Local Food for Thought
Two takes on local food
BY EVE DANIELS
Farm to fork. Food miles. Foodsheds. Locavores. While these concepts and buzzwords are nothing new, they’ve recently seen an American revival. Spurred by environmental, economic, health and lifestyle concerns, society is getting back to the basics once again. But the exact definition of “local” is just one of many issues left to contend with. Proponents are still sorting out the details of transportation, distribution, supply and demand, and a batch of other conundrums.
In search of some clarity, Momentum sat down with two members of the University of Minnesota’s Local Foods Task Force. Here, we’ve rolled the key ingredients of the conversation into bite-sized remarks.
Research Fellow, Regional Sustainable Development Partnerships, University of Minnesota
“I spend time every year in Mexico and their local food system is alive and well. There are families that walk out to the backyard, grab an egg out of a coop, pull a mango off the tree, and dad comes back with a fish that he caught that morning. It doesn’t mean they don’t have an industrial food system. But it’s not necessarily seen as a cultural movement because they haven’t gotten so far away from it.
Local food isn’t just about food miles. It’s about relationships to place, to foodways, to mealtime, to food traditions. It’s a look backward and a realization that we need to retool our food systems. There’s a family life policy dimension, too. It’s not just about the support of policy to get the food in and out of the ground. It’s also about making people’s lives manageable to create this shift.
With commodity-based agriculture, the price tag might be cheaper, but the farmer doesn’t necessarily get a fair price. Then, there are all the costs that are unaccounted for in the industrial food system. There’s a lot of math left to be done on the exact formula for reducing our carbon footprint. Maybe we’ll end up with stills in our basement and coops in our backyard to avoid the problem altogether.
We’re renewing an old way of doing things and, at the same time, we’re layering in new technologies and ideas. There’s an enormous learning curve. And it’s not an either/or issue, where you’re either a locavore or an industrial food-meister. There’s this huge gray area in the middle. We’re not going to figure it all out before we do it. We’re going to figure it out by doing it.”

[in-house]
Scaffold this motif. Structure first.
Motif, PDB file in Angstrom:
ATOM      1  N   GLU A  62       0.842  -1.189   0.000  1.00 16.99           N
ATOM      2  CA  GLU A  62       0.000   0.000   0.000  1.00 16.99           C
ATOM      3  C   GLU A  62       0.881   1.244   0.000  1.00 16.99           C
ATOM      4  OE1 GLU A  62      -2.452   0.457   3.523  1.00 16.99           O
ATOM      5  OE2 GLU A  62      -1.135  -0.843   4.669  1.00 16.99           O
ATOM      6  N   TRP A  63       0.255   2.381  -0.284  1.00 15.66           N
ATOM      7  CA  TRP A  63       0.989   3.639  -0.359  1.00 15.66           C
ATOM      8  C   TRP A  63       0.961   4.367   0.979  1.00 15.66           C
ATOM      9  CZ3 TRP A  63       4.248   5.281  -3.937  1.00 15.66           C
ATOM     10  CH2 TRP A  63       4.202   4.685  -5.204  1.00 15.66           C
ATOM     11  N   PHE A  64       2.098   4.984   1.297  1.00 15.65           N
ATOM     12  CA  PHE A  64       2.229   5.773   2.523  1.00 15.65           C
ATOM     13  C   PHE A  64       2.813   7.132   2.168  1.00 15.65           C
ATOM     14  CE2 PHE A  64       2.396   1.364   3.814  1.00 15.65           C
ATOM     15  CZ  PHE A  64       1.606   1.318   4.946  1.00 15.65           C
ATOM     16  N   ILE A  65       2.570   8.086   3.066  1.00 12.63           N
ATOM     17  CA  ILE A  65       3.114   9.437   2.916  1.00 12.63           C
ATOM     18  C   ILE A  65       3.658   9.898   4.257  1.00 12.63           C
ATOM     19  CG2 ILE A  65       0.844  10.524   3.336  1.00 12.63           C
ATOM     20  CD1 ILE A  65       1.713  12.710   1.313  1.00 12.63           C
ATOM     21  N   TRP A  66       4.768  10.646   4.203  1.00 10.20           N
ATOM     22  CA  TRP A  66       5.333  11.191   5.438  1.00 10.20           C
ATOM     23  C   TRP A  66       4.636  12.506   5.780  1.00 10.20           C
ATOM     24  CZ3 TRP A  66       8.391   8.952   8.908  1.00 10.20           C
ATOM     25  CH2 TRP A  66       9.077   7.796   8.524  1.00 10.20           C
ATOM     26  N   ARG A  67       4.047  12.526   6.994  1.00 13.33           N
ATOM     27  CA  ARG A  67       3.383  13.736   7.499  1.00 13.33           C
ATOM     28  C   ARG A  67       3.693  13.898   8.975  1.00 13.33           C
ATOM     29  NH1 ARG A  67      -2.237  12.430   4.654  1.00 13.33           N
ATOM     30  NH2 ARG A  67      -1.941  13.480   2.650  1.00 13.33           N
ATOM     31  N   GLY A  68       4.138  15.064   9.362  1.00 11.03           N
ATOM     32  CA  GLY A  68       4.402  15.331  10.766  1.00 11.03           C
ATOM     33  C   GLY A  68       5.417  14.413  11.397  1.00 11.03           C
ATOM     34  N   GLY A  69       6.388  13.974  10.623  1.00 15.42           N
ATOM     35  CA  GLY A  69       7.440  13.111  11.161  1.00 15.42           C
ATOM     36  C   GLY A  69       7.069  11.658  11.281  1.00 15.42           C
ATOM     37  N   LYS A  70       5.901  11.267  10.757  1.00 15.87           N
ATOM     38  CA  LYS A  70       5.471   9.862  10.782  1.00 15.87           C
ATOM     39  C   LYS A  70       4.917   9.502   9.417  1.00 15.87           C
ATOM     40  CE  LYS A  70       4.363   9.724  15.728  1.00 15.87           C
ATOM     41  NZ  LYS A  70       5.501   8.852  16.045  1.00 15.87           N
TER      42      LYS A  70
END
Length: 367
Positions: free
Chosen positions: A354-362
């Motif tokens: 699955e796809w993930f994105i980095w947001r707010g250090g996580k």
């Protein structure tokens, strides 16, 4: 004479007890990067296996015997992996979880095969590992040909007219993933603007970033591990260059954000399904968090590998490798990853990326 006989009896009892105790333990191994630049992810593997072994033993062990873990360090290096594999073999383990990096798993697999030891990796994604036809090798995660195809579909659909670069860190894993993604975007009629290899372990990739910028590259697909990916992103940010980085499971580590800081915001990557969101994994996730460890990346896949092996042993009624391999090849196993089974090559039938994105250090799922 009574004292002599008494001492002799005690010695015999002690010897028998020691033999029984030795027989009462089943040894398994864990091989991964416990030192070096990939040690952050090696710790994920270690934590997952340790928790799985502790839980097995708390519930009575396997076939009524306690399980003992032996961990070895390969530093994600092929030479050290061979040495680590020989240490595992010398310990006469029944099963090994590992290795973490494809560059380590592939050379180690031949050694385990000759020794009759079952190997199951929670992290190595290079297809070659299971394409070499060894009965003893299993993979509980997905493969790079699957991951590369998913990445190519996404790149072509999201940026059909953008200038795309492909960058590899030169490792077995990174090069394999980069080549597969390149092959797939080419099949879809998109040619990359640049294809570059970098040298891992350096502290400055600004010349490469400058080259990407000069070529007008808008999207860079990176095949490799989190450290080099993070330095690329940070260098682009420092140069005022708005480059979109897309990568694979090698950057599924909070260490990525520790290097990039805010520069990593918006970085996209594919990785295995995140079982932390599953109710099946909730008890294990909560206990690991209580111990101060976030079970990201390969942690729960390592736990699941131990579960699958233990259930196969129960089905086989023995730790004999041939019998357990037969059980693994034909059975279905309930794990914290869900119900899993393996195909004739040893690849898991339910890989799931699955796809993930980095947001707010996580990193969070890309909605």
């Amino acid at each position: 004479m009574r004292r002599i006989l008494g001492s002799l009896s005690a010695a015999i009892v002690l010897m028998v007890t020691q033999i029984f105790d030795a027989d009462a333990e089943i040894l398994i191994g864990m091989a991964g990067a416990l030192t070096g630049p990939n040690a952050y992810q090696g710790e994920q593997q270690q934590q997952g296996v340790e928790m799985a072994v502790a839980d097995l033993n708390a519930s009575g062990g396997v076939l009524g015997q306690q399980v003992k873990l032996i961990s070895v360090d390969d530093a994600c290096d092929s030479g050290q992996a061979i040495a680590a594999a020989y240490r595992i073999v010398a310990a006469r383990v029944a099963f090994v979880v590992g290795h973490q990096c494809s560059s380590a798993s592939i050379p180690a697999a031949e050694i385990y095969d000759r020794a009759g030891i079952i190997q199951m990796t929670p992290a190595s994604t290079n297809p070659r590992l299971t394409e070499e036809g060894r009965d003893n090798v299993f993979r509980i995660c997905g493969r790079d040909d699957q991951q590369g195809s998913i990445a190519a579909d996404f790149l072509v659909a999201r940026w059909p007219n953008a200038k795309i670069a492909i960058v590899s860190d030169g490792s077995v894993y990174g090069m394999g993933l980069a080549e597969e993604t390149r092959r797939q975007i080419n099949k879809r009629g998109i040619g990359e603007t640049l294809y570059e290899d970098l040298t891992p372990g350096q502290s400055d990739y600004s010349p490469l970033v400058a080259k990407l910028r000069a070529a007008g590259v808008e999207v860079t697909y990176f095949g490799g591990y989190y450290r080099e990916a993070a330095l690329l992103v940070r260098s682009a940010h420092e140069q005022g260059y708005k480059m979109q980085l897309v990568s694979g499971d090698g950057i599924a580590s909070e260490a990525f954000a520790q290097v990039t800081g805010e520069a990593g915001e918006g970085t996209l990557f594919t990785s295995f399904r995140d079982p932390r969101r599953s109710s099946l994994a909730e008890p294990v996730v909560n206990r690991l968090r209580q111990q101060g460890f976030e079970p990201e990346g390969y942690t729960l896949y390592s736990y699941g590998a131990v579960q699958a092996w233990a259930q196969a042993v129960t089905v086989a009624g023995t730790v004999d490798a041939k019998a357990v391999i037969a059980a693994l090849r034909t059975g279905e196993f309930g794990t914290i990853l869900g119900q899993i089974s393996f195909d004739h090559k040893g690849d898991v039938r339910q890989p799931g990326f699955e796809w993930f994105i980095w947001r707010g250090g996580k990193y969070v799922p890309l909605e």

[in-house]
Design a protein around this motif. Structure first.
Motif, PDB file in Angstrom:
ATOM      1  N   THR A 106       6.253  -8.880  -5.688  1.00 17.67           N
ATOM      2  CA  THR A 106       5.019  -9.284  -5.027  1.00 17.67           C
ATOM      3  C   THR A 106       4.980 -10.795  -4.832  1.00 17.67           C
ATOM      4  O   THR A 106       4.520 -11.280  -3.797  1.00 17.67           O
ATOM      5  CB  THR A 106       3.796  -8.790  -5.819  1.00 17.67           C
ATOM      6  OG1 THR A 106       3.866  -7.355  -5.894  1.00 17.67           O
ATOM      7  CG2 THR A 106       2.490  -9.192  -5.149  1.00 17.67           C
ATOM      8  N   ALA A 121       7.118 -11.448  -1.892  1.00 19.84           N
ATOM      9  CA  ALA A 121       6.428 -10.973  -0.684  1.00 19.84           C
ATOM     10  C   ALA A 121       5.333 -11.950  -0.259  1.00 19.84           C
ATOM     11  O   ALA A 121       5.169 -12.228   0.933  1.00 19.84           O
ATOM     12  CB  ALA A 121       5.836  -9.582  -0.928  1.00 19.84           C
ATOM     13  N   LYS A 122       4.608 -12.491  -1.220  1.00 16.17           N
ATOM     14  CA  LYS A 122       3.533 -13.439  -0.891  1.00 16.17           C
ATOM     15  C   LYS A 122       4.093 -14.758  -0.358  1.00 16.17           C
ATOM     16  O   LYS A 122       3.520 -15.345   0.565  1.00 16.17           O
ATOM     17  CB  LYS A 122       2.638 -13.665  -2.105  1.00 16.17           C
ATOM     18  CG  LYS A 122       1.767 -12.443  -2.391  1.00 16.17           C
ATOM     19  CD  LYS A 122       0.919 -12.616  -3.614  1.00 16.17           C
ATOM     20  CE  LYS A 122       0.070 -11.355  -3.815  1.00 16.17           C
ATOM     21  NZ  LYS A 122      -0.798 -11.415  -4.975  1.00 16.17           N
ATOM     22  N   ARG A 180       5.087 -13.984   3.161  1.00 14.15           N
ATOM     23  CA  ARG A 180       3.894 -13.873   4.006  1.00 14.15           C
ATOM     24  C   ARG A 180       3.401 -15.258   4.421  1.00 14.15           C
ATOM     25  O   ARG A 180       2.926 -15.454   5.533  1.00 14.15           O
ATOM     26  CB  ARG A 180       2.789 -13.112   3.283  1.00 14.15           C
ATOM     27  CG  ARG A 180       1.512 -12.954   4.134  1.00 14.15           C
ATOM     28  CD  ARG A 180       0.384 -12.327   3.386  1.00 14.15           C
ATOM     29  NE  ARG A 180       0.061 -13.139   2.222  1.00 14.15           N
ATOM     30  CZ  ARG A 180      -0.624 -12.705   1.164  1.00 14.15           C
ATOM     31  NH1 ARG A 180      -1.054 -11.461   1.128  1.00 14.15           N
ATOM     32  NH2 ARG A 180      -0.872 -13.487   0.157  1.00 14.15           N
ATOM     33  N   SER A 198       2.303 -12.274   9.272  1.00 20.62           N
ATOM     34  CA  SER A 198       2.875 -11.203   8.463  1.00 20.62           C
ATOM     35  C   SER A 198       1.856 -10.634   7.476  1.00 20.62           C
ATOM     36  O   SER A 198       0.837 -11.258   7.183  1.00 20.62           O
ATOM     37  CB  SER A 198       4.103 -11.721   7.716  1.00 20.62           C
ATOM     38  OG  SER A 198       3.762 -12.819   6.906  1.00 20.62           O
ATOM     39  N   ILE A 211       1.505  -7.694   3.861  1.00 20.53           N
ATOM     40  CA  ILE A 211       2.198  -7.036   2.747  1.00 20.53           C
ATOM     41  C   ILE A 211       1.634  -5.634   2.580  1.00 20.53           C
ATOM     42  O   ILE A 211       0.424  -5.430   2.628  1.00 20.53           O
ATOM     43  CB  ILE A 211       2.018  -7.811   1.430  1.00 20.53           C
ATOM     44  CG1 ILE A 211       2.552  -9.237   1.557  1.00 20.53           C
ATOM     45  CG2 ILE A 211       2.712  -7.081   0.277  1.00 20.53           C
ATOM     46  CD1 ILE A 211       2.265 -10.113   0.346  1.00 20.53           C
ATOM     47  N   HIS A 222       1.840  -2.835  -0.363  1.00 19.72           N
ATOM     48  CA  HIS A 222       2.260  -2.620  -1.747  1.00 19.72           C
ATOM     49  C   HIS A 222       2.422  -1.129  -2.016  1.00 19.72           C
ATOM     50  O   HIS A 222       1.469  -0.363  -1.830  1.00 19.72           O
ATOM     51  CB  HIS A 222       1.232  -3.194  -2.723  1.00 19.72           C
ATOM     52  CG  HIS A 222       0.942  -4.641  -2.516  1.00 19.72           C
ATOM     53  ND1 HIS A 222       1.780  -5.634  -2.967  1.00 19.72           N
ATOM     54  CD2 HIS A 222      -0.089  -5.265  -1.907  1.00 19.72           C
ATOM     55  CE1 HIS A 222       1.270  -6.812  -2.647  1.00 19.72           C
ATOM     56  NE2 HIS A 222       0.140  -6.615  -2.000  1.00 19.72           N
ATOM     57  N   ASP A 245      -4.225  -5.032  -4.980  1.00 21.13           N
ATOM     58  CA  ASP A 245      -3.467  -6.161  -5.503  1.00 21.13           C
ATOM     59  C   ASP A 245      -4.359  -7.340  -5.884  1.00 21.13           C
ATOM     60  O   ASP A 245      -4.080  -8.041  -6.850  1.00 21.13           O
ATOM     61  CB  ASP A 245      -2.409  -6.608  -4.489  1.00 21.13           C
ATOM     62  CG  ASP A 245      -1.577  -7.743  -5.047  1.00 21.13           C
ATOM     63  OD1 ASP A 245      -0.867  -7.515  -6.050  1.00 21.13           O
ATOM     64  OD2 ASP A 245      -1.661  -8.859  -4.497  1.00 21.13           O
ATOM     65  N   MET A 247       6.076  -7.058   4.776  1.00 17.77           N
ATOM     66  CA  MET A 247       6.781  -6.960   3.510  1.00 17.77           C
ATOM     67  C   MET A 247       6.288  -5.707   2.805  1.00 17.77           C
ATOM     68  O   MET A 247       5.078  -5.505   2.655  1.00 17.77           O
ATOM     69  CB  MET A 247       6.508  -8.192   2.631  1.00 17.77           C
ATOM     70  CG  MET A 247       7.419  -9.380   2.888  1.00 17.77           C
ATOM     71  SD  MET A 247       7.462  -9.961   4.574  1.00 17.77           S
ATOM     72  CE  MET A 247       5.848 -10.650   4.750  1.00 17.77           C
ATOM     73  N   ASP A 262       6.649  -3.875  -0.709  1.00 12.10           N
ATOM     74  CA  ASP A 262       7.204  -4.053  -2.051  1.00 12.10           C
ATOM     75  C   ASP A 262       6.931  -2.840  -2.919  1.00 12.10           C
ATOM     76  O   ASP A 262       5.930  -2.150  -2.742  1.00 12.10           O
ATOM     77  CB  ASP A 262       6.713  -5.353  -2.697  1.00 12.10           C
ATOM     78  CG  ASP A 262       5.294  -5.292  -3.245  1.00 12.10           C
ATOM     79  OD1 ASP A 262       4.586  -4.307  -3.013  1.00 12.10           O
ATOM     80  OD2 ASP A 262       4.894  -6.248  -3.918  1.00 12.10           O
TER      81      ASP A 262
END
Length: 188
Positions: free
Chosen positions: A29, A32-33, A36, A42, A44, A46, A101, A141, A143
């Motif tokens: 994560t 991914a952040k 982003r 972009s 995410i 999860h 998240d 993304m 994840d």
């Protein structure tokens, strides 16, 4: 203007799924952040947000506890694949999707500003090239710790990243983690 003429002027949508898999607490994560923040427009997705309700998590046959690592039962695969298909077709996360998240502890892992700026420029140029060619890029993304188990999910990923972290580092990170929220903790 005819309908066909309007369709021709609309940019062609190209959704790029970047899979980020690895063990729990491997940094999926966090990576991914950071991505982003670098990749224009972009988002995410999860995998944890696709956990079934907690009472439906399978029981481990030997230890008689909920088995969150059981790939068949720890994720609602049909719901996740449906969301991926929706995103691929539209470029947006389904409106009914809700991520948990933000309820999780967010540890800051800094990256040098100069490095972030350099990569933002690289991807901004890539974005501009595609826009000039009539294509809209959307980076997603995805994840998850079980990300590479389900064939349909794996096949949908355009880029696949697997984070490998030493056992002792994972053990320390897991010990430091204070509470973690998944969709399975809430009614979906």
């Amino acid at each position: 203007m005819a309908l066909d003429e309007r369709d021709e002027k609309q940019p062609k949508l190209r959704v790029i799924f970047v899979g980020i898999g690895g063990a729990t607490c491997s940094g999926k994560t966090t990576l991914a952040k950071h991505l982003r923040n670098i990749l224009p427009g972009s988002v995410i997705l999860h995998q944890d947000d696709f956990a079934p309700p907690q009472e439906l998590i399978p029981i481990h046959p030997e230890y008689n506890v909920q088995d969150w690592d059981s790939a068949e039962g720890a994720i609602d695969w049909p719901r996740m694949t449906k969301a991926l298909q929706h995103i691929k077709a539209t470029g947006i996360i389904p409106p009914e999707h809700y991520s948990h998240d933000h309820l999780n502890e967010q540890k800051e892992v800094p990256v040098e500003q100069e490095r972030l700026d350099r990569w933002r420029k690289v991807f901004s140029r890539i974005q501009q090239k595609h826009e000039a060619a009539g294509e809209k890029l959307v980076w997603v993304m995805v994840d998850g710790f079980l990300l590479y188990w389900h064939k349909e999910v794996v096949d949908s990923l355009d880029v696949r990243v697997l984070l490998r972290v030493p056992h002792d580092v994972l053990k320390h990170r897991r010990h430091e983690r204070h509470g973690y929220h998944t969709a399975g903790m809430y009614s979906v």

Professor, Department of Applied Economics, University of Minnesota
“When they find these old Greek ships, what’s in them? It’s food. It’s wine and olive oil and other things. Trade in food products has been happening for thousands of years and people have benefited from that. So, we shouldn’t lightly give up the benefits of trade. Local foods can help support the local economy by cycling more dollars in, but if you want to export food, you should be willing to import it.
One challenge right now is that local foods systems are inefficient from a transportation standpoint. When you look at a farmers market, for example, you’ve got a lot of trucks going a fair number of miles, carrying fairly little, and going back empty. You’ve got consumers who often drive a long way to get to the market. And farmers can spend many hours getting ready for and going to the market. So, I think we need to look at how well they’re getting compensated.
Also, we need to get up to a scale where more efficient means of distribution can be used. Yet, I believe there are people in this movement who don’t want to get to that scale. We need to find ways to achieve scale without losing that connection with individual people. And there will be times of the year when it’s not feasible to be getting fresh vegetables. For those times, maybe we want to think about connecting with communities in warmer places.
The question is, ‘How do we create a local foods system where the contributions people make get rewarded fairly, but also one that’s efficient and not too expensive for people to participate in?’ That’s going to be an exciting challenge.”
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Last modified on January 23, 2012